(July 22, 2015; HOLLYWOOD CASINO AMPHITHATRE, Saint Louis MO)

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Two long standing musical icons have joined forces for a blockbuster summer tour, with Elvis Costello and the Imposters opening for Steely Dan. The music from both acts was a lot of fun and, considering we were in the midst of a hot, humid Midwest summer, the weather was great.

Elvis Costello (photo credit: MARY MCCARTNEY)

Elvis Costello (photo credit: MARY MCCARTNEY)

Elvis supplied an hour’s worth of hits from his long, impressive catalog with “Pump It Up,” “Watching the Detectives,” “Alison,” “Veronica” and “Every Day I Write the Book,” ending the set with one my favorite Costello tunes, the Nick Lowe penned “(What’s So Funny ‘Bout) Peace, Love and Understanding.” His long time band, the Imposters, featuring two former Attractions – drummer Pete Thomas and keyboardist Steve Nieve – alongside bassist Davey Faragher, kept things in motion. Actually I wish we could have heard a little more from Elvis and his Imposters but, sometimes, that’s just the way it goes.

Steely Dan (Walter Becker, Donald Fagen) (photo credit: DANNY CLINCH)

Steely Dan (Walter Becker, Donald Fagen) (photo credit: DANNY CLINCH)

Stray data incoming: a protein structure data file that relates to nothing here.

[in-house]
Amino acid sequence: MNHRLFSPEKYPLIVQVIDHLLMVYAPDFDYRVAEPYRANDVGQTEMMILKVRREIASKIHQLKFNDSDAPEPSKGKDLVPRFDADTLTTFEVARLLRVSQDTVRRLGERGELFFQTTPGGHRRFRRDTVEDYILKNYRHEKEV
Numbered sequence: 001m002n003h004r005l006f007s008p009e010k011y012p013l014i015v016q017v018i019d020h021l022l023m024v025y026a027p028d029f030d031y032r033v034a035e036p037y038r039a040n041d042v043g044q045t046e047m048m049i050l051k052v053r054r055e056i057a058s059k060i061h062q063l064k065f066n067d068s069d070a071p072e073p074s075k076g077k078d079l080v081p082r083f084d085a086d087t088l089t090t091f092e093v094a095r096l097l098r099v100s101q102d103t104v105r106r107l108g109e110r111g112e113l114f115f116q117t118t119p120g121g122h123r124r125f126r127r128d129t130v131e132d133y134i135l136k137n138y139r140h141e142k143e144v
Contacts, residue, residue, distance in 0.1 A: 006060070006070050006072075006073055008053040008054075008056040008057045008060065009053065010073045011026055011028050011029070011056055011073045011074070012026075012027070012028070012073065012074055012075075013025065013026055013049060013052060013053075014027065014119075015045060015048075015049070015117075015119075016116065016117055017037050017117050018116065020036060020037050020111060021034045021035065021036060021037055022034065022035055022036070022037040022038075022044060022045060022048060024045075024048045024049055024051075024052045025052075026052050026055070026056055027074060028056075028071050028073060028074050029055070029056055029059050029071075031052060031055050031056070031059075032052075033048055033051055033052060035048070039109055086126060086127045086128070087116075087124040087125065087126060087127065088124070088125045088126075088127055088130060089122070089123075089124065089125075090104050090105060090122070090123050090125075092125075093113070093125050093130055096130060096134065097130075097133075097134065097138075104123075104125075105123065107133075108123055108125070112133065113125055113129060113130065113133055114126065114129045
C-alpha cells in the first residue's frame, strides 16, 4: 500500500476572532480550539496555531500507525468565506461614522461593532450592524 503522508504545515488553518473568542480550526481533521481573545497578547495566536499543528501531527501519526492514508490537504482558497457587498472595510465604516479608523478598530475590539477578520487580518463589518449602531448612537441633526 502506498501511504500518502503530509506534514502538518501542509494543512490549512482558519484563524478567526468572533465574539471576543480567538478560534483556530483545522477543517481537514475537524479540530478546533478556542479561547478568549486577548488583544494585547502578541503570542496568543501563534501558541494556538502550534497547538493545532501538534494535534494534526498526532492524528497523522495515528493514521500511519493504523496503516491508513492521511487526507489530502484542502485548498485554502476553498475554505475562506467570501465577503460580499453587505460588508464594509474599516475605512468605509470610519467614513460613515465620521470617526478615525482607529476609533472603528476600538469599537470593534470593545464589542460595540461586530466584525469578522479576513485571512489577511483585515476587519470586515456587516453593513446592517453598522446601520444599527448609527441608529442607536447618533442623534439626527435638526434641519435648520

Watching Steely Dan is like visiting an old friend. The duo of Walter Becker and Donald Fagen have a deep history with infectious, wonderful grooves and, on this tour, feature a great eleven-piece band backing them. Fagen reminded me of Ray Charles, sitting at the piano, with his shades and moving his head around. His partner-in-crime, the usually microphone-shy Becker, actually did a lot of the talking and, of course, played some great guitar. The hero of the show was the other guitar man, Jon Herington, who ripped off great solo after great solo all night. The set opened with “Black Cow,” from my favorite Steely Dan album, AJA, with the group delivering hits like “Peg,” “My Old School,” “Reeling In the Years,” as well as fan favorites like the slinky, funky “Daddy Don’t Live In That New York City No More.” The ladies providing vocal accompaniment and the brass section were terrific and drummer Keith Carlock had the versatility to keep the grooves loose and fluid throughout.